California Supreme Court Holds That "Kin Care" Paid Leave Statute Does Not Apply To Leave Policies That Allow An Unlimited Number Of Paid Days Off

Labor Code Section 233, sometimes referred to as the "kin care" statute requires employers that provide paid leave to an employee who is ill to permit an employee to use a portion of the employee's accrued and available paid sick leave to care for an ill parent, spouse, child, domestic partner, or child of a domestic partner. The amount of paid leave that can be used for that purpose is limited to the amount of paid leave that would be accrued during six months at the rate of accrual at the time the leave is taken.

On February 18, 2010, in McCarther v. Pacific Telesis Group, the California Supreme Court held unanimously that Labor Code Section 233, which permits an employee to use a portion of accrued paid sick leave to care for ill relatives or for a domestic partner, does not apply to employer paid sick leave policies that (1) do not permit employees to accrue or "bank" paid sick leave or that (2) provide as a practical matter an unlimited number of paid sick leave days.

The sick leave policy at issue in the case contained in a collective bargaining agreement between the employees' union and the employer allowed employees to take paid leave for up to five days in any seven day period subject to an attendance management policy intended to prevent abuse. The policy at issue provided no bank of paid sick days that accrued over time. The court held the "kin care" statute does not apply to that leave policy because the statute states it applies to "accrued and available sick leave entitlement, in an amount not less than the sick leave that that would be accrued during six months at the employee's then current rate of entitlement."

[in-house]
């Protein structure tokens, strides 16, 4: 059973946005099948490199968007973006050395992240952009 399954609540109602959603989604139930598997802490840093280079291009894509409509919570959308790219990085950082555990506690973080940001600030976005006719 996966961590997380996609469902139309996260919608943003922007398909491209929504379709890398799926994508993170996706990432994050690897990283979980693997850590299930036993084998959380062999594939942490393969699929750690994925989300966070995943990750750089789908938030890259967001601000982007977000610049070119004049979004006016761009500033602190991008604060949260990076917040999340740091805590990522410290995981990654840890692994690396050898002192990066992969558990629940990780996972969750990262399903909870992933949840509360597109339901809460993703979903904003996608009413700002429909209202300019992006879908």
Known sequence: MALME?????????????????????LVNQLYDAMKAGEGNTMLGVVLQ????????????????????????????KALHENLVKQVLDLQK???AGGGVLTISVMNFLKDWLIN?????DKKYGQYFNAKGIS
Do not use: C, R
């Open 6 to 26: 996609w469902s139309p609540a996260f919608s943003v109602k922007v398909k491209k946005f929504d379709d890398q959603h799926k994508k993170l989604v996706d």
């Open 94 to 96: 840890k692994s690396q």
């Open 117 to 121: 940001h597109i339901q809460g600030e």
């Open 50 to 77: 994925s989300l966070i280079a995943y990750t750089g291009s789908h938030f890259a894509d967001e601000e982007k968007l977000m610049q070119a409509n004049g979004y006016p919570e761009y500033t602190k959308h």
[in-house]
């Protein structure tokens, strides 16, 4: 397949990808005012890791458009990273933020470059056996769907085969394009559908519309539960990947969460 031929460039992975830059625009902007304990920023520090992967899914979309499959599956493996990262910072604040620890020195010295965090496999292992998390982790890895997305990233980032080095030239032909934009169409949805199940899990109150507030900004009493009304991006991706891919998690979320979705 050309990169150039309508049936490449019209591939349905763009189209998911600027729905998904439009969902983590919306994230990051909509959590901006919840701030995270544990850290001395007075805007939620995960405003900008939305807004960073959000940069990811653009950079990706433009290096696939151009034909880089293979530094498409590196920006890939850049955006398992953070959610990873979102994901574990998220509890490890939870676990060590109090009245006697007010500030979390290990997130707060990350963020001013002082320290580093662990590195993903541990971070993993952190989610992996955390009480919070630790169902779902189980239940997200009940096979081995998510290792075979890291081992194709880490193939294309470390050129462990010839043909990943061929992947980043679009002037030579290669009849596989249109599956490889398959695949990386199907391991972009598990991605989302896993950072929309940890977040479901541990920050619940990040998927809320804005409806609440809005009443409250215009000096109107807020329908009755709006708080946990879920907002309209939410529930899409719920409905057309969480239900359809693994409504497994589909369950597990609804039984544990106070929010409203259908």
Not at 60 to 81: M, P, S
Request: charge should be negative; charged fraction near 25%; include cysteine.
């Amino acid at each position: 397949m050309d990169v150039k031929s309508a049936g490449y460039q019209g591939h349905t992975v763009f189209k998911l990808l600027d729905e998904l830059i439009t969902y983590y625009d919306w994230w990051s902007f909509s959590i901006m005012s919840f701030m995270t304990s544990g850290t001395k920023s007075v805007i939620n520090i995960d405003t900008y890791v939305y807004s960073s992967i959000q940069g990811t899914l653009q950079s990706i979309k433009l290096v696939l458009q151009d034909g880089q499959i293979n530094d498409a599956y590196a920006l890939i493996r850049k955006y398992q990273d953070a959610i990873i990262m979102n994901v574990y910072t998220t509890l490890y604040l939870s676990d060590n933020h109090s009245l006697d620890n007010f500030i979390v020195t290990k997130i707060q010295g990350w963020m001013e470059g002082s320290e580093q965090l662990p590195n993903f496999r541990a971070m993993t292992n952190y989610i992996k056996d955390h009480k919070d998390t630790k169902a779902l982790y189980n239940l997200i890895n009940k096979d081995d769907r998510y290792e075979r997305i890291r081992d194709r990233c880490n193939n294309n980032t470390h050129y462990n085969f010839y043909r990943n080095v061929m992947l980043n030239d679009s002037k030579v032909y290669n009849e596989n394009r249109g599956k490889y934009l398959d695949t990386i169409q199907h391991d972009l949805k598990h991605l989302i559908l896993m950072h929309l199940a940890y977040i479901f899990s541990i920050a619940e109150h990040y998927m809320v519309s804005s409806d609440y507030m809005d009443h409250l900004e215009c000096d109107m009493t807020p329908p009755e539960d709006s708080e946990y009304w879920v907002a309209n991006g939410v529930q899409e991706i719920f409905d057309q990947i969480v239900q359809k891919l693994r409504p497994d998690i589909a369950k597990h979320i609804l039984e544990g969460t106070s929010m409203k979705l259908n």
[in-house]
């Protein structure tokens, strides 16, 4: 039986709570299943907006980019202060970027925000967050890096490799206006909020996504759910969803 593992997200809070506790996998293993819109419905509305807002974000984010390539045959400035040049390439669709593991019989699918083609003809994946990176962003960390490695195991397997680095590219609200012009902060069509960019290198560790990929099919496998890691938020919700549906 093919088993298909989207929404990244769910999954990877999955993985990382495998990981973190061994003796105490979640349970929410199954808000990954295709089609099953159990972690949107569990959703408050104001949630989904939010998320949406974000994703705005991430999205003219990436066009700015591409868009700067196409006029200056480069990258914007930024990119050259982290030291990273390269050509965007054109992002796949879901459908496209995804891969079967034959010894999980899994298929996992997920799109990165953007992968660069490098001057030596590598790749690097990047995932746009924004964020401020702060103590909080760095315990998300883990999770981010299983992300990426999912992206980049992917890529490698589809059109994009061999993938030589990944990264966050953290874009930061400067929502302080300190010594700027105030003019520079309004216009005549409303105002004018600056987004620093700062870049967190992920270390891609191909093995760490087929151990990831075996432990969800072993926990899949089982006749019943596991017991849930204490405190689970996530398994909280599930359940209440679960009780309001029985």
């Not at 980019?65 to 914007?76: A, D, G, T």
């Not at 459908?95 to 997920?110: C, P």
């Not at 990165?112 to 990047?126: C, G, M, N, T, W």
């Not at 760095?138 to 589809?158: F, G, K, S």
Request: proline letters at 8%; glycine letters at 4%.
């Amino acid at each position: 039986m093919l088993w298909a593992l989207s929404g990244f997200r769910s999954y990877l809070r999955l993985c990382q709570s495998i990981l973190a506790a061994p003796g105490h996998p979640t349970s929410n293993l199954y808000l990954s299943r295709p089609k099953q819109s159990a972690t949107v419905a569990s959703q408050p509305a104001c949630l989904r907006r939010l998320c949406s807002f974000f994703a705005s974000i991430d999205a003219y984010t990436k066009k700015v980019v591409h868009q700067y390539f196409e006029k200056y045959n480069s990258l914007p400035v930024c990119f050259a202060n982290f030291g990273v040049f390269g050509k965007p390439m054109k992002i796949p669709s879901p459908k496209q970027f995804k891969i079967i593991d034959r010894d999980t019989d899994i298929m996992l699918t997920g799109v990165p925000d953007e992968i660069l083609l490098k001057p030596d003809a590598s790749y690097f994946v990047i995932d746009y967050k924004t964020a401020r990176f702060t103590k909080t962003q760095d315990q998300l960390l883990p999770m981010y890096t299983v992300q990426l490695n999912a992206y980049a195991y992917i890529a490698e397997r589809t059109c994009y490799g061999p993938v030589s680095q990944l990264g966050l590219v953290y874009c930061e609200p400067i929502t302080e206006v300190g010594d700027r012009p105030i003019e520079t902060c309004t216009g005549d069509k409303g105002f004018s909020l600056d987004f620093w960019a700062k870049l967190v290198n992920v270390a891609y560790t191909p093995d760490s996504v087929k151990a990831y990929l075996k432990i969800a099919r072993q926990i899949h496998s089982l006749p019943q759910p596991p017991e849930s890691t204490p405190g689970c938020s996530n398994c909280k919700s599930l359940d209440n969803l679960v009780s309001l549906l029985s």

The court was careful to point out that "most California employers are not required [by law] to provide sick leave to employees," and that the "kin care" statute generally "applies only to employers that elect to do so."

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